Saudi Co.'s Bribery Suit Shouldn't Be In NY, Swiss Bank Says

    Private Swiss bank Pictet & Cie on Wednesday sought to extinguish a Saudi Arabian oil investment company's lawsuit alleging it aided employees in a kickback scheme that cost it $350 million, saying the action clearly doesn’t belong in New York.

  • April 16, 2014

    Coal Plants See Sliver Of Hope In EPA Mercury Rule Win

    The D.C. Circuit's decision Tuesday to uphold the Obama administration's rule limiting mercury and other toxic emissions from coal- and oil-fired power plants is another blow to the coal industry, but experts say a judge's dissent over the administration brushing aside the rule's costs provides the roadmap for a likely industry appeal to the U.S. Supreme Court.

Expert Analysis

  • BLM Venting And Flaring Rule May Spur EPA Regs On Methane

    Luke D. Johnson

    While the Bureau of Land Management's venting and flaring rule may be focused on the government's possible loss of resources from the energy industry's use of public land, the U.S. Environmental Protection Agency can be expected to focus more directly on methane itself. Potential regulations emerging from recently-released EPA white papers should be on the industry's radar, whether suppliers are operating on federal land or not, says Luke Johnson of Brownstein Hyatt Farber Schreck LLP.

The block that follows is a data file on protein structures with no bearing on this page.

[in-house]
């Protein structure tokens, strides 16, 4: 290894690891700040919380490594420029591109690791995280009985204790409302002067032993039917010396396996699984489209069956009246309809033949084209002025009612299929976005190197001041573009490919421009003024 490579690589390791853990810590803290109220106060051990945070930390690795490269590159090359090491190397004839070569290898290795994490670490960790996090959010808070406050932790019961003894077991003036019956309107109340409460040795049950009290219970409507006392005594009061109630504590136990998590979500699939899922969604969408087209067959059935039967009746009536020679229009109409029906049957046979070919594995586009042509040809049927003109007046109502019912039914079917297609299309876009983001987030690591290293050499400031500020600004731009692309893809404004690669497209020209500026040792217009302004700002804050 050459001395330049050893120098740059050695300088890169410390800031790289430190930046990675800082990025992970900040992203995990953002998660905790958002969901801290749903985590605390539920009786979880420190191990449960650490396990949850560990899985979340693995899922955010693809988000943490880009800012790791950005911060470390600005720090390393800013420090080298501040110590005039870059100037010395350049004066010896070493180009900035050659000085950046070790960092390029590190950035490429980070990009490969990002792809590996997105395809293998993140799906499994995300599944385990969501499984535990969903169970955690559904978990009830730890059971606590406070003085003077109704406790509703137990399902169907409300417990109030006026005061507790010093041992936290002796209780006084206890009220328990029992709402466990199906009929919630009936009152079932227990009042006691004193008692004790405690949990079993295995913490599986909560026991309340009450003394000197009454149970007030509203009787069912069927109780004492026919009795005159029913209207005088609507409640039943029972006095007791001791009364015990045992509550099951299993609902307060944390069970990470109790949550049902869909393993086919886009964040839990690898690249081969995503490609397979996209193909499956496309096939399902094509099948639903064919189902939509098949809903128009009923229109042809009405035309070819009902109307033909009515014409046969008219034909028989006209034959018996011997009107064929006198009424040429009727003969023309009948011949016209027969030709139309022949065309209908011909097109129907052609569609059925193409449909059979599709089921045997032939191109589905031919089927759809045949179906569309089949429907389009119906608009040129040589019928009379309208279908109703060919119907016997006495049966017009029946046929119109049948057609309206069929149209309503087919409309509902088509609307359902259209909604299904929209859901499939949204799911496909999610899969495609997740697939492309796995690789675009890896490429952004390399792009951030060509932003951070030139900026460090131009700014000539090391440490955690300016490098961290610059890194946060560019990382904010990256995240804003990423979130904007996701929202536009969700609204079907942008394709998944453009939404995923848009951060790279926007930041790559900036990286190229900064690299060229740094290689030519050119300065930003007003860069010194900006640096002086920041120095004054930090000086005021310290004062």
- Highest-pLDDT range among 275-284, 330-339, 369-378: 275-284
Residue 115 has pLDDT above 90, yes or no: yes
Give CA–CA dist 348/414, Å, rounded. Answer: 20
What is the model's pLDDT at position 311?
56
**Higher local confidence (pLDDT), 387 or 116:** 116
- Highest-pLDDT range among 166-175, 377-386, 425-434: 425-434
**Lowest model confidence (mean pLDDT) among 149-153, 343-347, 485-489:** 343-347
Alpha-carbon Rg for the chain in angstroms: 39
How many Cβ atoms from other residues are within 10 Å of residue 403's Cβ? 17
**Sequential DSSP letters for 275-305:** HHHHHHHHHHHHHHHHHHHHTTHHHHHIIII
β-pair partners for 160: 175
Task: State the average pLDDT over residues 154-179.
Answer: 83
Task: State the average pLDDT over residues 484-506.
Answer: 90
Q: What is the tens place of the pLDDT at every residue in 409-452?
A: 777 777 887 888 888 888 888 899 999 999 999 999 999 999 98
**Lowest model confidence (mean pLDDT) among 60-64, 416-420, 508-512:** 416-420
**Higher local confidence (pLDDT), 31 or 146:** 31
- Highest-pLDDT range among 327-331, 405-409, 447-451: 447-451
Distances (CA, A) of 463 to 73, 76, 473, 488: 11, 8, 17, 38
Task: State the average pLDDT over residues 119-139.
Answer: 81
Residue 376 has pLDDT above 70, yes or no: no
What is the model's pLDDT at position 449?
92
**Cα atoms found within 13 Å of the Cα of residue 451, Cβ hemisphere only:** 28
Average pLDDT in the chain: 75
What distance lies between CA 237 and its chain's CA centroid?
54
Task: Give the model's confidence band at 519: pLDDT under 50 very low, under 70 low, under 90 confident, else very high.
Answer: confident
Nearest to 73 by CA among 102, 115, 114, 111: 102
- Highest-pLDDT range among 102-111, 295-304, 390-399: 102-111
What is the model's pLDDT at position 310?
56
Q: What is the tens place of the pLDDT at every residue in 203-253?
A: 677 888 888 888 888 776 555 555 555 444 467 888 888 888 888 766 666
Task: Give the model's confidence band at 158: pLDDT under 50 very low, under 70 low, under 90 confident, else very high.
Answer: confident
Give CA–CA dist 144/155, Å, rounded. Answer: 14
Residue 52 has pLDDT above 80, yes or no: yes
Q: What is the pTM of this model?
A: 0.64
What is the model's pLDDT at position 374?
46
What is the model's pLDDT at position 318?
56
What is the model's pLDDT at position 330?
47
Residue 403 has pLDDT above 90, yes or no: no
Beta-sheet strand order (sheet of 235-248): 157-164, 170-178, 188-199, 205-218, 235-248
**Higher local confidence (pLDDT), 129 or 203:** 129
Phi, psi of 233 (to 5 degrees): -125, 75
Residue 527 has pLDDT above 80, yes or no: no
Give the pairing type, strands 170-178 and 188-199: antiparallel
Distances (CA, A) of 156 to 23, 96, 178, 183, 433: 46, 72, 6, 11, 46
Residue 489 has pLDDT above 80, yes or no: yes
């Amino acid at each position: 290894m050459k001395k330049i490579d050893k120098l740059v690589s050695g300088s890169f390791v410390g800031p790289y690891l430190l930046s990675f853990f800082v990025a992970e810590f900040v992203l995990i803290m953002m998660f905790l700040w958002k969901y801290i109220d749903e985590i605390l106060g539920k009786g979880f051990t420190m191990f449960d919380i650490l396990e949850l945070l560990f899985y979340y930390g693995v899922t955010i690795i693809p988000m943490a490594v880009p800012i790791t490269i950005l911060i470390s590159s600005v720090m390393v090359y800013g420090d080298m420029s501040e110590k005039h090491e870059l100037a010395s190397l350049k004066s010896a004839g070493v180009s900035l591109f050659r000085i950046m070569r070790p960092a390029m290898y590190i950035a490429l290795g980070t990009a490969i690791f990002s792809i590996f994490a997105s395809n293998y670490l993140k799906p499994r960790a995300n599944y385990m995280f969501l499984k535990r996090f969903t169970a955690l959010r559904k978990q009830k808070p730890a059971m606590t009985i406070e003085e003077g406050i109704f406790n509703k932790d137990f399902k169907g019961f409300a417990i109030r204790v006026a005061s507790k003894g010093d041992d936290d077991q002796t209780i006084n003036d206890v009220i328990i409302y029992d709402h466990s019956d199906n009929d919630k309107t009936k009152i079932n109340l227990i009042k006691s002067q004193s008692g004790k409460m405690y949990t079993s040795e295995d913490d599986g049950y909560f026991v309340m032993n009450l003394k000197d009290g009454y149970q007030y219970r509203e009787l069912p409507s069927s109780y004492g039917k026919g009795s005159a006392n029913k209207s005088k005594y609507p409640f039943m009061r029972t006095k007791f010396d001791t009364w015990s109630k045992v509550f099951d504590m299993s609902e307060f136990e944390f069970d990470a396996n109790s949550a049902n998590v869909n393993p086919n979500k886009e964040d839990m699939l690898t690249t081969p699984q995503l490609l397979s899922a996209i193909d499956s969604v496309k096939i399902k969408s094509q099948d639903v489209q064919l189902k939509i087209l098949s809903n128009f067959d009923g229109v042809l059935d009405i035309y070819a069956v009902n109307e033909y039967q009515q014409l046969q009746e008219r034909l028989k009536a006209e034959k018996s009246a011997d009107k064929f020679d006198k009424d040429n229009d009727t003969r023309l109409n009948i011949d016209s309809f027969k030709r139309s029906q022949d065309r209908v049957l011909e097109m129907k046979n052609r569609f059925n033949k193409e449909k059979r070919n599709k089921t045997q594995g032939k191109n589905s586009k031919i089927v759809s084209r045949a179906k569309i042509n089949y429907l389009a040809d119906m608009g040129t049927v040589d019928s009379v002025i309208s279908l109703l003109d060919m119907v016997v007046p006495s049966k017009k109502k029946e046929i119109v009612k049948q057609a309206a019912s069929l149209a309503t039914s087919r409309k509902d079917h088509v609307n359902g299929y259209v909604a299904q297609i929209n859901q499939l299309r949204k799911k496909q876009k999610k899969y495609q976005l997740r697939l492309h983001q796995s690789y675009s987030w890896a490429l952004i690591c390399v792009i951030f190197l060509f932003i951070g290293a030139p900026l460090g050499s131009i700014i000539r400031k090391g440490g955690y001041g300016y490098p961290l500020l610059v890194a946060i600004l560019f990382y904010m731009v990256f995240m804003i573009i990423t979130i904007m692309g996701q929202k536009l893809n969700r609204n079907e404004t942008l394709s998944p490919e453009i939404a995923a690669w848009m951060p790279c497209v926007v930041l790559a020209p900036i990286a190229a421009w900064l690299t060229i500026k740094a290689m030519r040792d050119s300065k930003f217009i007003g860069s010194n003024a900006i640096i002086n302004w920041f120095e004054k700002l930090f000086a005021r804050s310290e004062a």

• CFTC Data Will Be A Powerful Tool For FERC Enforcement

    Terry S. Arbit

    The Commodity Futures Trading Commission and the Federal Energy Regulatory Commission recently signed two long-awaited memoranda of understanding, the lower-profile information-sharing one, which provides FERC with “large trader data” in the CFTC’s possession, being the more significant. Regulators achieved a significant victory by including surveillance purposes in the memo — it was a long time coming and provides FERC with a potent tool for surveilling the natural gas and power markets, say attorneys at Norton Rose Fulbright.

  • Sweet Or Sour Development? EPA Tightens Tier 3 Gas Program

    Brenna K. Finn